As the end credits of “Dear White People” began to roll, I snapped back to reality. Alongside the names of the people involved in the film was a montage of pictures, not of the film but of blackface Halloween parties at colleges across the nation, much like the party that enraged students in the film. From pictures of white fraternity brothers in blackface and grills from Dartmouth to a “Compton Cookout” party at University of California, San Diego, the mere existence of these parties was shocking.
What turned out to be even more shocking was how recently these parties occurred. Many of the parties projected during the film have taken place within the past three years.
“Dear White People” is a satirical film written and directed by newcomer director Justin Simien, who addresses this issue of racism on predominantly white campuses. The film centers on an ensemble of black characters on a predominantly white Ivy League campus where tensions between black students and white students heat up when an all-white satirical publication on campus hosts a blackface Halloween party.
This is a brave film, no doubt. The director challenges the audience to acknowledge that these racist parties don’t only exist in fiction but extends into the reality we live in today. With Barack Obama in office as president today, we are often told that racism in America is dead. However, should we hold the logic that art imitates true life, this film should firmly tell you that this is nothing but a lie.
It becomes clearer as the film progresses that the film isn’t focused on the racism itself but about portraying the multi-faceted challenges of the film’s complex characters of color and their racial identities. What does it mean to be black? What is “blackness?” Some reject it, some fight for it and some discover it.
The black students are led by biracial media student Sam White. She is infamously known as the radical host of her radio and YouTube show, “Dear White People,” which calls out the white students on the micro-aggressions she faces as a “black face in a white place.” She leads a struggle against the diversifying of campus housing, seeking to keep her campus living house all-black. However, she also undergoes an internal struggle tearing her between her ideologies and activism as a vocal black student on campus and her disillusionment of being an infallible symbol for her followers. In the midst of the chaos, she struggles to keep her relationship with her white teaching assistant a secret, a taboo act out of line with her cause.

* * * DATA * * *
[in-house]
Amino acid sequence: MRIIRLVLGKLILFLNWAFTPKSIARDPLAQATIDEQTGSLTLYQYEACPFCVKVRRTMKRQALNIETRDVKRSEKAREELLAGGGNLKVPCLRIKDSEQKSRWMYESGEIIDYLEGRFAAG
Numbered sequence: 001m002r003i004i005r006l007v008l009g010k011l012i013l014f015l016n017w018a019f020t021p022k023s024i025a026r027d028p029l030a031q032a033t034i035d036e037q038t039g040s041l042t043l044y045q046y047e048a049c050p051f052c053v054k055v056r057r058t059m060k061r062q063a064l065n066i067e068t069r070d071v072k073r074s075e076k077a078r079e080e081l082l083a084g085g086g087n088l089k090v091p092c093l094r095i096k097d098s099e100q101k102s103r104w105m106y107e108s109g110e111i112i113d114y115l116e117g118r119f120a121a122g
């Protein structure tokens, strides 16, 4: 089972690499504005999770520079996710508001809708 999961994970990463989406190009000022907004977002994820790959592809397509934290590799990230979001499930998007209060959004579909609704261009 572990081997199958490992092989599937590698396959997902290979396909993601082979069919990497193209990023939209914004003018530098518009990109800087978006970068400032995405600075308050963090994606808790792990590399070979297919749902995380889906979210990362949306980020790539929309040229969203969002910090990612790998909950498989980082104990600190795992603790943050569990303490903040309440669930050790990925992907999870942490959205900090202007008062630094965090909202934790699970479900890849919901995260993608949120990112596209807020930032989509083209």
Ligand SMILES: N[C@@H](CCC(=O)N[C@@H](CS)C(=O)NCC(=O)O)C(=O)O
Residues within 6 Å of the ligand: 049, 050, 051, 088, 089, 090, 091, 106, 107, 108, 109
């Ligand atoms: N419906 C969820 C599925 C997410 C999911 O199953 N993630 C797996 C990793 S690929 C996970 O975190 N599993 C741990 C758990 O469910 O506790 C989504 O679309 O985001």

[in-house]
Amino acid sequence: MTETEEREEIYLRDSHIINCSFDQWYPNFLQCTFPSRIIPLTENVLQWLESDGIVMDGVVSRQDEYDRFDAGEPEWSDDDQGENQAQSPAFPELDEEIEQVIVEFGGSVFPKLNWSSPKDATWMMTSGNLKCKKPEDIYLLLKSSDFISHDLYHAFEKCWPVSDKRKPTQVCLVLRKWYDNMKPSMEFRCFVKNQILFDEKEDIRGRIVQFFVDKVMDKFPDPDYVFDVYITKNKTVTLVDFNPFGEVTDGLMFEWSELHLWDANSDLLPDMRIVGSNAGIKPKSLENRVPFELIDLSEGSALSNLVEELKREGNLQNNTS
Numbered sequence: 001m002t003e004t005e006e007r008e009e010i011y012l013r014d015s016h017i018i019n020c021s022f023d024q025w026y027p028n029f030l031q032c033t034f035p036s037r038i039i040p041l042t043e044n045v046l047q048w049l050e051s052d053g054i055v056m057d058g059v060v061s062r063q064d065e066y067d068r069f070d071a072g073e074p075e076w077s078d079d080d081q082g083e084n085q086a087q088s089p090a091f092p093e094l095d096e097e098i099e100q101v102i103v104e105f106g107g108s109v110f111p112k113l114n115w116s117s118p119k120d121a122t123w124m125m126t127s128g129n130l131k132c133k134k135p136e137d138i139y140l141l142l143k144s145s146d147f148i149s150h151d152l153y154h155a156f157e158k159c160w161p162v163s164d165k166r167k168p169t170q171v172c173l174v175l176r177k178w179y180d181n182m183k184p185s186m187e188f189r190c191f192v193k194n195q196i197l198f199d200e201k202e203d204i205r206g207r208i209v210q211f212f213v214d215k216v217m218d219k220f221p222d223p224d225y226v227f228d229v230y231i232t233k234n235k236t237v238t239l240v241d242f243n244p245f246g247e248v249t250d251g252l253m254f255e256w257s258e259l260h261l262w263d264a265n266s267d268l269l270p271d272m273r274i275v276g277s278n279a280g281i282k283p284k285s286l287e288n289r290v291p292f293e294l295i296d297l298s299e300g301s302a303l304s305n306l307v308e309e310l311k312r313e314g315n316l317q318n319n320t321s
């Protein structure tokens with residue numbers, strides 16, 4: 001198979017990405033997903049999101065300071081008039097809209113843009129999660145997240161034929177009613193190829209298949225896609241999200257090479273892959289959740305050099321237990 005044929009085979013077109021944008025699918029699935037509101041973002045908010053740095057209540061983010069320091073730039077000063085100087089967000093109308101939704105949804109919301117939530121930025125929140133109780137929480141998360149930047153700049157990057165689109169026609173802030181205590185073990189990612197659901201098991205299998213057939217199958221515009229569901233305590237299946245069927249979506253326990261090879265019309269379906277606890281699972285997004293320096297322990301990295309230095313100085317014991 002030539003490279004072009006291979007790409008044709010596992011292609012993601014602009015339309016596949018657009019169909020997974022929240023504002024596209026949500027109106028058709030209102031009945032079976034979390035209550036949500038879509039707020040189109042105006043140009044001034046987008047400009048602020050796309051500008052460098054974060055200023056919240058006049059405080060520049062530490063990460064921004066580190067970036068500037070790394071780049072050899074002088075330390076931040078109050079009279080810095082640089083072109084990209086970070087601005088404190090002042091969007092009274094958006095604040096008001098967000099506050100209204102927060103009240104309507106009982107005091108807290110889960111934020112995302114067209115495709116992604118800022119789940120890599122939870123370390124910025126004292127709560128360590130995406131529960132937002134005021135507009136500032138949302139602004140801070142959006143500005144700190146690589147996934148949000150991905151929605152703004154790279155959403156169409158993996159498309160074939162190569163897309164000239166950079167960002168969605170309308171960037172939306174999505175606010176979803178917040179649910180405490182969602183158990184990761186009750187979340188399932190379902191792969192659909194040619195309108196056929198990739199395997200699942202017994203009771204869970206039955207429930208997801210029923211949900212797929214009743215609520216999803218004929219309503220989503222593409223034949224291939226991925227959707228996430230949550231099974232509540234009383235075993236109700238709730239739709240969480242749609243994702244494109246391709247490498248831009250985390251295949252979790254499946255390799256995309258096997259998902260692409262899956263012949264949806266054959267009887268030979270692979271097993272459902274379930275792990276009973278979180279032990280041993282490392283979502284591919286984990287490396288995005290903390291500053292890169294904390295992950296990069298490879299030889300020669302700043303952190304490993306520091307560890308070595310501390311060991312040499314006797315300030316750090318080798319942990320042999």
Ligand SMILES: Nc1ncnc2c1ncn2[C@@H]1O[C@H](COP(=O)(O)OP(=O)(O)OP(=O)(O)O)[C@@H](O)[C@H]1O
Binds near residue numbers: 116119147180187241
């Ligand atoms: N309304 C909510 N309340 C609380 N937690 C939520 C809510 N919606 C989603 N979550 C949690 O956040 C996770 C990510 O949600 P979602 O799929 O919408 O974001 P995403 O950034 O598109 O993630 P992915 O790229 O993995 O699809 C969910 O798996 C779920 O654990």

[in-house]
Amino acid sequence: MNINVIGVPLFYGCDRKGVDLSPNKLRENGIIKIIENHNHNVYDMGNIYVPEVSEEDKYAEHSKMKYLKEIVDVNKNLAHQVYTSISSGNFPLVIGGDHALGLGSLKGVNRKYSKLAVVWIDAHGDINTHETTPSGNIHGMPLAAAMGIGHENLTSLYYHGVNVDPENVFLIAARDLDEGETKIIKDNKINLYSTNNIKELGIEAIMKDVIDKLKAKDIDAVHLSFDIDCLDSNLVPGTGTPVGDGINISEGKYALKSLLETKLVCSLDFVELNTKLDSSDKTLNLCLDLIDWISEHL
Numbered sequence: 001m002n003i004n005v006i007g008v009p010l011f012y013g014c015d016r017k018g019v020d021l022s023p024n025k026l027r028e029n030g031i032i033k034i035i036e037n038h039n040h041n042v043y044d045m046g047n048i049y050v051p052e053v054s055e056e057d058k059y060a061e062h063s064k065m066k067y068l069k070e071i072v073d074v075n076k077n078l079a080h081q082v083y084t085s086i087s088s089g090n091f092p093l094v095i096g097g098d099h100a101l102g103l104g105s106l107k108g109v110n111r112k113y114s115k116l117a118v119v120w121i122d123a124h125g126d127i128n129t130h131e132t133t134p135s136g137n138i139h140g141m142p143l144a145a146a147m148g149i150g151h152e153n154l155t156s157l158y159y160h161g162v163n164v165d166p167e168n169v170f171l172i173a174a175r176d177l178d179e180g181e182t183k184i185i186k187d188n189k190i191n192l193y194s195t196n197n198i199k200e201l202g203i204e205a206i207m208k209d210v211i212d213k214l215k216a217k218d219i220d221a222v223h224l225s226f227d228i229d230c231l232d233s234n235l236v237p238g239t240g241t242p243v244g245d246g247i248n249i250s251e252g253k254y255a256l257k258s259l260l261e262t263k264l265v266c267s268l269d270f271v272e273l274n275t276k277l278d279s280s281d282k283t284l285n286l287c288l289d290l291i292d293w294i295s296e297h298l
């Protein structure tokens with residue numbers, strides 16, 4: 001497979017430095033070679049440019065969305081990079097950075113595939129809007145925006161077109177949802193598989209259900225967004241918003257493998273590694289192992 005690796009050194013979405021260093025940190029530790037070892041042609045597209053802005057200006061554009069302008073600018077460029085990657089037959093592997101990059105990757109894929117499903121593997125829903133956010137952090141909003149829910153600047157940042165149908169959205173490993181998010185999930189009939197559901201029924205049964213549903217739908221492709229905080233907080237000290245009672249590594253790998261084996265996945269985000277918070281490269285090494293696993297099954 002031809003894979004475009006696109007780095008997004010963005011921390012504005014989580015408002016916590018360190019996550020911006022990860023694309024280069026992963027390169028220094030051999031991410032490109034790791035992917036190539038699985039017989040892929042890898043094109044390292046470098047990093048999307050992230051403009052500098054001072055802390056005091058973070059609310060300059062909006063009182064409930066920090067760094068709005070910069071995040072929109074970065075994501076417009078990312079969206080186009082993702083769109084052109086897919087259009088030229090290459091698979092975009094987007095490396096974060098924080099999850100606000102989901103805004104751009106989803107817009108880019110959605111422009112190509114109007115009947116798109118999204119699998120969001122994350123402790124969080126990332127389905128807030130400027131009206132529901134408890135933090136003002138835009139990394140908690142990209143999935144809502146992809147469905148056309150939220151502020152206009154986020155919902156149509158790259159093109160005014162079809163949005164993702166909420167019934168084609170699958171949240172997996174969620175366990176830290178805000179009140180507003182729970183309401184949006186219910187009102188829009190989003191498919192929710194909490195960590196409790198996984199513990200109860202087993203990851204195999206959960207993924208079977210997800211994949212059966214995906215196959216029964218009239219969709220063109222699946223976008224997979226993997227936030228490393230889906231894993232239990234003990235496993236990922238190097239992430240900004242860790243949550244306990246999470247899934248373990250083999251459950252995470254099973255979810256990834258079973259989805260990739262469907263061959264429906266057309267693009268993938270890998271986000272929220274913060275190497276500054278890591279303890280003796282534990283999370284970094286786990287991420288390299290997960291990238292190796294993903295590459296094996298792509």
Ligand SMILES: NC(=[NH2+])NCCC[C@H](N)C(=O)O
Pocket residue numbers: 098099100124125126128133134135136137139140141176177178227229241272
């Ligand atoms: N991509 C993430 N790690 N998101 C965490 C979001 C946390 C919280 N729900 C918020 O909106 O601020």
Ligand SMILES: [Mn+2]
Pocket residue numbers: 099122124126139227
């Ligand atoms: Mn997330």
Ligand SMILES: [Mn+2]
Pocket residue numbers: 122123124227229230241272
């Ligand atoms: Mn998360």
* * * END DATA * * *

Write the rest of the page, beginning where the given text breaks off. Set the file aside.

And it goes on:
On the other hand, we have our “technically black” Lionel Higgins, who deals with his peers, black and white, attempting to put him in the correct color-coded racial identity he is supposed to presume. His white peers view him as their token black male and his black peers reject him because he wears cardigans and listens to Mumford and Sons. He belongs to no one yet belongs to everyone. On top of this, Lionel is in the process of coming out, leading for him to not only come to terms with his racial identity but also his sexuality.
We also have Troy, the black dean’s son who wishes to join the ranks of an all-white social club, and Coco, a black student who wears blue contacts and a weave while rejecting any association with the black community on campus.
The white characters in the film pale in comparison to the black characters and their struggles and complexities. The racism perpetrated by the white character’s micro-aggressions and the blackface party act as only a backdrop to the inner frustrations these students have with racism, and most importantly how race relates to them.
Despite being a satire, the film is a dark look at the faults on both sides here. Yes, the white people in this film are racist jerks. However, the indiscriminate prejudice seen from Sam and her fellow activists against the white majority, as well as black students like Lionel who don’t fit the norm on her campus, raises a complex question of the nature of racial consciousness among people of color in America today. Can we see the person beyond his or her race? This is the age-old lesson that characters, black and white, learn as the movie progresses.
This is a satirical comedy film, so feel free to laugh while knowing there’s a bitter truth behind the comedy. “Dear White People” isn’t joking when it comes to centering a serious dialogue about race in a America today, a country scared witless to face the realities of racism against black Americans. This fear of racial dialogue in 2014 has contributed to the surrealism of the mere thought of a blackface party taking place in reality.
Where Simien succeeds is in snapping the audience back to reality by saying that yes, this is the reality of race in America today and yes, this is an issue. At the end of the race-fueled chaos, the simple act of projecting pictures of real-life blackface parties that have occurred within the past three years answer the very question of why “Dear White People” needed to exist in the first place.
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